Do guests want restaurants' recommendations?


Do guests want restaurants' recommendations?

Wine bottles

When it comes to providing excellent guest service in restaurants, finding the perfect balance can be a tricky business. No guests want their host constantly hovering over their shoulder and waiting to pounce, but neither do they want to be left to their own devices - our recent survey revealed that having to ask for service is the second biggest dining grievance for guests.

Offering pairings or menu guidance can be a particularly difficult area, with a very thin line between staff advising or lecturing guests. But although it may seem easier to do away with the entire practice, you shouldn't be encouraging your staff to forego offering pairing recommendations just yet.

Although staff may fear seeming pushy, research we conducted on behalf of Veraison indicated that drinks pairings are welcomed by guests; one in five would select a bottle of wine based on whether it paired well with the food they had chosen. Recommendations are wanted too, as over half (57%) of guests would make a more adventurous wine choice if given more information by staff.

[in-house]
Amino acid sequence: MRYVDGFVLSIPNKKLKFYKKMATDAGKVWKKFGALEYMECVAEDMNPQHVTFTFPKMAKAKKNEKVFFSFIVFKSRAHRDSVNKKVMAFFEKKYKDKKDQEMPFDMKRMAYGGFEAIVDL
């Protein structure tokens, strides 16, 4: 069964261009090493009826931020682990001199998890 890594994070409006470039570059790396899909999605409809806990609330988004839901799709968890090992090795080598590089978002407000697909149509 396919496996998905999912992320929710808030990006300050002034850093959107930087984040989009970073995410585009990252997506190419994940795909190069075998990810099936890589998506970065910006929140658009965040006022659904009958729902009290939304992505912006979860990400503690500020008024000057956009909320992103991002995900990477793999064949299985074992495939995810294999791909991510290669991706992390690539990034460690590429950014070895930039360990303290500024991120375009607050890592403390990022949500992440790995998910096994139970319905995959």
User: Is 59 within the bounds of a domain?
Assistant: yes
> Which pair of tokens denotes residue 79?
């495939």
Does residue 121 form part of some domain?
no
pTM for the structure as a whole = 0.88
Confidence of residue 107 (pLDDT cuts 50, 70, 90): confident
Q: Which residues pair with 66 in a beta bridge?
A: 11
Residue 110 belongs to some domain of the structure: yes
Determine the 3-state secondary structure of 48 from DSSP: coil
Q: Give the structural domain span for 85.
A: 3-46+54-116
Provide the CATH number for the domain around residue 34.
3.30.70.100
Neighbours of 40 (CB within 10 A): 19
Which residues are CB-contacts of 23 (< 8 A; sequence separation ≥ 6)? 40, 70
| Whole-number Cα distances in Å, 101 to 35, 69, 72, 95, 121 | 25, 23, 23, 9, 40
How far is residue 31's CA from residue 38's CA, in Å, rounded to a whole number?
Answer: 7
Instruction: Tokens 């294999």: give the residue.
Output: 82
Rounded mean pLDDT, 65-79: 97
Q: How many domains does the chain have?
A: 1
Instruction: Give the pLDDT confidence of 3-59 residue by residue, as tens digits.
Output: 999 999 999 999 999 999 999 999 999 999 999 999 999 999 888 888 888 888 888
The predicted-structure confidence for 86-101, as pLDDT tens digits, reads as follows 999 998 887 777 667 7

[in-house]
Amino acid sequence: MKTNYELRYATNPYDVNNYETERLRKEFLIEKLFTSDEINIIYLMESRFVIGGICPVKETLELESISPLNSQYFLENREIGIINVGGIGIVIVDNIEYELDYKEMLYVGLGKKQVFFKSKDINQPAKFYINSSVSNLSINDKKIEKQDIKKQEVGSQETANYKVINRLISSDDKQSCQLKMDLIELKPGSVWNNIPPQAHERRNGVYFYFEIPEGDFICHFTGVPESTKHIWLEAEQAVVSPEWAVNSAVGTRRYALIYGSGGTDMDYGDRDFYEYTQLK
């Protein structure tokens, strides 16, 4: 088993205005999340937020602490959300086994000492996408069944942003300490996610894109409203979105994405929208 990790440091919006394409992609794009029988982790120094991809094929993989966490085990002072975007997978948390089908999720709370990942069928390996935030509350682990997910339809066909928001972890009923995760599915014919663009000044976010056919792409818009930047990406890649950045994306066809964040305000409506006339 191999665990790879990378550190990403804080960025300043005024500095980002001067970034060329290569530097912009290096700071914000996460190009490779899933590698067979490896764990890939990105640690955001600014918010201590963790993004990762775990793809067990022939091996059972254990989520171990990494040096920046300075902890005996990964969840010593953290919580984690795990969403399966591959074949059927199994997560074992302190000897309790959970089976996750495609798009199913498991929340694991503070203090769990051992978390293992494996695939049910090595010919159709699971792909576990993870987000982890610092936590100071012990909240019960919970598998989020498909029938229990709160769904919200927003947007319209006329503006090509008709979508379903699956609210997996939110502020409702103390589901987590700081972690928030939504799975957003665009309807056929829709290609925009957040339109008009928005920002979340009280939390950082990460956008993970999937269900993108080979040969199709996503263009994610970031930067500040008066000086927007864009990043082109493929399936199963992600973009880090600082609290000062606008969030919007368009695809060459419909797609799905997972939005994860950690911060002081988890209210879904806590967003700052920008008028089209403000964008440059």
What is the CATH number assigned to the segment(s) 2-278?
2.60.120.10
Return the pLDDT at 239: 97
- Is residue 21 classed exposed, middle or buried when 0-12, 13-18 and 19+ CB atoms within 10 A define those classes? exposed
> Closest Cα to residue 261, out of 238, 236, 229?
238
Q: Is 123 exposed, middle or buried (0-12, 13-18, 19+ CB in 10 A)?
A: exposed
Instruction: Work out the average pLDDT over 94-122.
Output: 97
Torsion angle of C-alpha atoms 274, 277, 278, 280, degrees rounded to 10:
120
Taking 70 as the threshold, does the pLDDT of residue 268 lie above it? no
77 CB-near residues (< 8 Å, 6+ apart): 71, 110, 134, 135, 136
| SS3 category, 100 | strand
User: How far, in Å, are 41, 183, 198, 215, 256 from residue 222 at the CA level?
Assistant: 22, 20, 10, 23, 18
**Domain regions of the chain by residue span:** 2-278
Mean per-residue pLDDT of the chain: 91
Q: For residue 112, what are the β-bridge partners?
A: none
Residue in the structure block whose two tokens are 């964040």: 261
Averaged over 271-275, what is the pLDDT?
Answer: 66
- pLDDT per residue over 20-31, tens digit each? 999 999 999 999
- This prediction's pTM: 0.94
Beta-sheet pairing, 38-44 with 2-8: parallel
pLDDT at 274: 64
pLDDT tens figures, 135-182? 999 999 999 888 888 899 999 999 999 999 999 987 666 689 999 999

And it's not just wine. Growing drinks menus, while appreciated by guests, are making pairings and recommendations an appealing option for many diners. According to research from CGA Group, it's all too easy for guests to feel overwhelmed by the number of options on offer; 41% said that deciding what to drink is their biggest frustration when going out. Advised pairings and knowledgeable staff able to make suggestions goes a long way to easing this frustration.

Offering food and drink pairing advice has significant benefits for your bottom line as well. One of our surveys revealed that 96% of diners believe that effectively trained staff have an impact on the amount they are likely to spend while eating out. Food and drink pairings allow staff to demonstrate professional knowledge of the menu, as well as showcasing good communication skills - two of the clearest indicators that staff are well-trained. The ability to concisely summarise and explain why a certain drink might work well with a specific dish will encourage guests to have faith in your staff, whilst avoiding the sort of long-winded explanations or pushy upselling techniques that can cause guests to feel pressured or uncomfortable.

With consistent and well-planned staff training, you can ensure that your team is prepared to offer discreet and personalised food and drink pairing recommendations that boost the overall guest experience without encroaching too much on diners' time and patience.

Back to Blog